Call for support

CBI wants new support to help firms beat recession

CBI chief Carolyn Fairbairn addresses members lunch in Edinburgh

Dame Carolyn Fairbairn: companies cannot wait (pic: Terry Murden)

CBI boss Dame Carolyn Fairbairn, is urging the Government not to switch off the life support that is helping businesses fight their way out of recession.

Firms across the UK recognise and appreciate the scale and speed of Government schemes, but the survival of many firms in hard hit sectors hangs in the balance, she said.

Dame Carolyn, diretor general of the business group, said that given the scale of existing initiatives, further action needs to be targeted and efficient. She called for a further extension of the jobs support scheme and a deferral of VAT payments.

The priority for business is direct, fast support that ensures firm survival and boosts demand across the economy. The main proposals are to: 

  1. Extend grant support schemes for SMEs via local authorities to help local businesses survive;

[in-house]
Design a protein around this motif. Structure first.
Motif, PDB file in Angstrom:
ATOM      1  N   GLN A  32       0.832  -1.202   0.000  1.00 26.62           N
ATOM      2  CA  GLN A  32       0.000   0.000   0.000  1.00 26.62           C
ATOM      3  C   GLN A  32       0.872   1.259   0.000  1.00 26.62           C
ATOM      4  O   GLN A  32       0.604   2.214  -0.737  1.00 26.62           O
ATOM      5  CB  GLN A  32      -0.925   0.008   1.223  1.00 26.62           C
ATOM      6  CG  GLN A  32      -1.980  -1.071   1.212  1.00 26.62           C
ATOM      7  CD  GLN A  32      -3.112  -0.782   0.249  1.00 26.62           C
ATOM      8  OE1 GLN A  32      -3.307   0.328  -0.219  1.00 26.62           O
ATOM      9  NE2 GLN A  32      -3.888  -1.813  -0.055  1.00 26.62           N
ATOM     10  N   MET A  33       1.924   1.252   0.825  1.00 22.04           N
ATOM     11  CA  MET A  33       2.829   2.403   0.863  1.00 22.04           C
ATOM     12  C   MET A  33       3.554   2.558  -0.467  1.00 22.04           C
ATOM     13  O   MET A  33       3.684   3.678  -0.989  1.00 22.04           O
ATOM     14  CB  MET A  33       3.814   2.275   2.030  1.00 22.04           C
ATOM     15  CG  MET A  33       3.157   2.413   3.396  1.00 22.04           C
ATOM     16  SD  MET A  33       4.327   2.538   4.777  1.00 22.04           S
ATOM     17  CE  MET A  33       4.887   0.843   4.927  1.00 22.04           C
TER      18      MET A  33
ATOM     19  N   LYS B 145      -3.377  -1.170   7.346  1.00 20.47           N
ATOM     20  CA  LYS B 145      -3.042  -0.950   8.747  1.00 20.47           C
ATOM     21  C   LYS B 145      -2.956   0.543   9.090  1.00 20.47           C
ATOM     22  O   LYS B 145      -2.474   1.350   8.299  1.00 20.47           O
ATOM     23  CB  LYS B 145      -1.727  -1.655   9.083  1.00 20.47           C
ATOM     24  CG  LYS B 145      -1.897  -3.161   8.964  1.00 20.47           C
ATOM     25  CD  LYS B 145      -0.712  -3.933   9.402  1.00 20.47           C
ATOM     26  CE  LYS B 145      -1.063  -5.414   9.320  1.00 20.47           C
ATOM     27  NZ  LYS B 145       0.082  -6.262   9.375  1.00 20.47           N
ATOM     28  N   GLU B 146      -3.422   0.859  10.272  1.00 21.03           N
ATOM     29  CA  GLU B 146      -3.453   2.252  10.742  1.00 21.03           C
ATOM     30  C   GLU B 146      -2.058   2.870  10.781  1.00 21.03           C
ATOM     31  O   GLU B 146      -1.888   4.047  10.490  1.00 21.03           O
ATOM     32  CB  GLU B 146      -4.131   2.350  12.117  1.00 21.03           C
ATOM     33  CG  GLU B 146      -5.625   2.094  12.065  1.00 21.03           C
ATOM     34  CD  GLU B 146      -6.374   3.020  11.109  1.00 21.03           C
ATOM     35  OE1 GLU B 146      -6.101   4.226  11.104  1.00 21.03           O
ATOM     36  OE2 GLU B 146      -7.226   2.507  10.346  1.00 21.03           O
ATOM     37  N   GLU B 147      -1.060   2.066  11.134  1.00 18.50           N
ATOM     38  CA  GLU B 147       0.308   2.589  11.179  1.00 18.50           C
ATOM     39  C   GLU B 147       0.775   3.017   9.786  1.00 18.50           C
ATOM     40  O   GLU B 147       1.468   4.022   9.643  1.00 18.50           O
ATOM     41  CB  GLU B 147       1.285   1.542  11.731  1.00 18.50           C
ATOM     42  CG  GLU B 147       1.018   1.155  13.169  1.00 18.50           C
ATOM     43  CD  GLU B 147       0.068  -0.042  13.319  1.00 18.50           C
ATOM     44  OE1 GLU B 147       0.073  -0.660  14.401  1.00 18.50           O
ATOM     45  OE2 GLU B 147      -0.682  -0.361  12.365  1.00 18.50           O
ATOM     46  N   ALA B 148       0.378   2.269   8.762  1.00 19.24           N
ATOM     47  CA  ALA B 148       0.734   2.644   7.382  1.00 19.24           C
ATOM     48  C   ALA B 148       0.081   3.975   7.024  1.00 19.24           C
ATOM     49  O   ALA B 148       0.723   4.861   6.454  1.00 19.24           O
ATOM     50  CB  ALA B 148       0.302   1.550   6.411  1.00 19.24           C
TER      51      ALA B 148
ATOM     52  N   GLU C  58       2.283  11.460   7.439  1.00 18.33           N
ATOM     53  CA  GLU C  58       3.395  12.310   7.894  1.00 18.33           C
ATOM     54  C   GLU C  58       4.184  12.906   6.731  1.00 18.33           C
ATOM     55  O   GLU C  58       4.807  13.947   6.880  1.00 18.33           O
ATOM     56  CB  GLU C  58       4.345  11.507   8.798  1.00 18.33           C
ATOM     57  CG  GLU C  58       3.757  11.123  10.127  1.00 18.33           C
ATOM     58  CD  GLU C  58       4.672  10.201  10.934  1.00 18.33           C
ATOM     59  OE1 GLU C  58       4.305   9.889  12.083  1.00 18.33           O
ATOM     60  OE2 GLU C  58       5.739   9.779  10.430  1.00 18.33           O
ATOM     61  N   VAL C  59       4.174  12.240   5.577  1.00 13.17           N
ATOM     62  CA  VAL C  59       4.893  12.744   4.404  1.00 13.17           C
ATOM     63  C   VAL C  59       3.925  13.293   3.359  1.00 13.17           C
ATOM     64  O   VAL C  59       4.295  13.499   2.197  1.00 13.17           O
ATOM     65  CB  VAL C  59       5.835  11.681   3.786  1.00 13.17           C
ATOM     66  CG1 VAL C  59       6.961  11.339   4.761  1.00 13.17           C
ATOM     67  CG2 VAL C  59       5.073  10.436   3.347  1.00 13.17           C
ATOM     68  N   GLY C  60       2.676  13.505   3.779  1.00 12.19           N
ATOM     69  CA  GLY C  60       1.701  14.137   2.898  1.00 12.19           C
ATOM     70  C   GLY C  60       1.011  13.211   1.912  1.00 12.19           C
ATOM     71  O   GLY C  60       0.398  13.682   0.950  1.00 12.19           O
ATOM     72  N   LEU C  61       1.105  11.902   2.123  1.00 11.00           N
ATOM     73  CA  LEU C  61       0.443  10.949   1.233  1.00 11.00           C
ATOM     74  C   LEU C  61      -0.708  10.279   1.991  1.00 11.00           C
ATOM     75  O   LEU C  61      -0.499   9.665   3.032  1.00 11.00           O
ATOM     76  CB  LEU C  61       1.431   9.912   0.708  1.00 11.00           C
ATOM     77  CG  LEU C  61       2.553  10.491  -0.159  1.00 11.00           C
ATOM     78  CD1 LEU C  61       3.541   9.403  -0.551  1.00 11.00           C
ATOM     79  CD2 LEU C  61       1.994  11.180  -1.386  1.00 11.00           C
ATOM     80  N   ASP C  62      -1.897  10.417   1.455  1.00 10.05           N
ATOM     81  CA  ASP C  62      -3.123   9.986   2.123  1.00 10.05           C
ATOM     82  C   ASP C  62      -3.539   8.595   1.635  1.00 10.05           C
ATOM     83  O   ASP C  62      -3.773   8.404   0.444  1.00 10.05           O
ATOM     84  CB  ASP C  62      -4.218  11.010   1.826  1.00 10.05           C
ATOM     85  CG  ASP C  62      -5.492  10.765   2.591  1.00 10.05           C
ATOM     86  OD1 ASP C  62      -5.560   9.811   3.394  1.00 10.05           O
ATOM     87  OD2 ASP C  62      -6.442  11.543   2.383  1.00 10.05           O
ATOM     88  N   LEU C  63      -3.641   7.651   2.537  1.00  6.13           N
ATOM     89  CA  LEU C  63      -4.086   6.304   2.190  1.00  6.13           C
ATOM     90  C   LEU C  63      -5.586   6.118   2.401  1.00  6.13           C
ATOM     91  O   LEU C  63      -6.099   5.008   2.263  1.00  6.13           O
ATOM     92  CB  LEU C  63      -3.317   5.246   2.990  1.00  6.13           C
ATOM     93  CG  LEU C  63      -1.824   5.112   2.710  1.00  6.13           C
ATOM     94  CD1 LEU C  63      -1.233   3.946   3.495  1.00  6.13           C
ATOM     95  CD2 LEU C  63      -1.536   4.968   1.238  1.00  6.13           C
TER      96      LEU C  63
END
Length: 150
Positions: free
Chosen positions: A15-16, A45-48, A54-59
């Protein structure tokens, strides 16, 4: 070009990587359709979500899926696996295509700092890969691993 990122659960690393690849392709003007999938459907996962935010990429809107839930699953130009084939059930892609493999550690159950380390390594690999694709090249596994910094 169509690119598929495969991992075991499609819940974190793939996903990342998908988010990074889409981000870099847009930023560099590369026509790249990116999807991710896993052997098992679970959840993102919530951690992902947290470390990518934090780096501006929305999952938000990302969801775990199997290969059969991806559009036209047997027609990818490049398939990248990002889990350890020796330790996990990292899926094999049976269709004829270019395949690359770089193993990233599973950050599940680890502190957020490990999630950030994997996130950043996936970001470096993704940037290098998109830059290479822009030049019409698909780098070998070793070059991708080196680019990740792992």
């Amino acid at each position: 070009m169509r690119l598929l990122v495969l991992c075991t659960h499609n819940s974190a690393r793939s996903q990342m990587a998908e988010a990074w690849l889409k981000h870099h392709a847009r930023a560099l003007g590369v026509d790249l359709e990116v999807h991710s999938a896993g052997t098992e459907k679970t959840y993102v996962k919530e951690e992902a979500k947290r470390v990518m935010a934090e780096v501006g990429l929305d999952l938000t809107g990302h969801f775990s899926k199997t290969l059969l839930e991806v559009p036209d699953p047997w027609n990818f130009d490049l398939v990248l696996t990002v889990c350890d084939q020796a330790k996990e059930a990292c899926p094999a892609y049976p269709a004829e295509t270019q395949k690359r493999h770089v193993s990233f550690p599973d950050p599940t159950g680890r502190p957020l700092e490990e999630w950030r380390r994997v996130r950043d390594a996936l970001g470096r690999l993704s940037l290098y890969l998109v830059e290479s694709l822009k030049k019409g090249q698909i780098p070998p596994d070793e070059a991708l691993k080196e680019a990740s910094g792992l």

2. Extend Business Rates relief in England to mid-sized businesses in all sectors for the next three months to help supply chains recover; 
  3. Immediately defer VAT payments for businesses in second quarter of 2020 to support cashflow and investment;
  4. Extend the deadline for the Coronavirus Business Loan Scheme beyond August for a further three months;
  5. Kick-start consumer demand through targeted VAT cuts in enabling sectors and reduce Stamp Duty for cheaper homes [in England] by increasing the tax-free allowance for six months;
  6. Accelerate local infrastructure upgrades in 2020/21 by increasing funding for local authorities so they can deliver shovel ready green projects and transport improvements.

The CBI wants the package of business support to be backed by a major Jobs Scheme focussed on helping young people into employment, delivered at speed and scale.

Dame Carolyn and CBI Scotland director Tracy Black wrote on Monday to Scotland’s First Minister calling for faster investment in the green agenda, the go-ahead to shovel-ready projects, and further reform of business rates as part of an urgently-needed recovery plan.

Today’s demands take account of matters reserved to Westminster such as the Coronavirus Business Loan Scheme and VAT. Should either be changed by the Chancellor there would be consequentials for the devolved nations.

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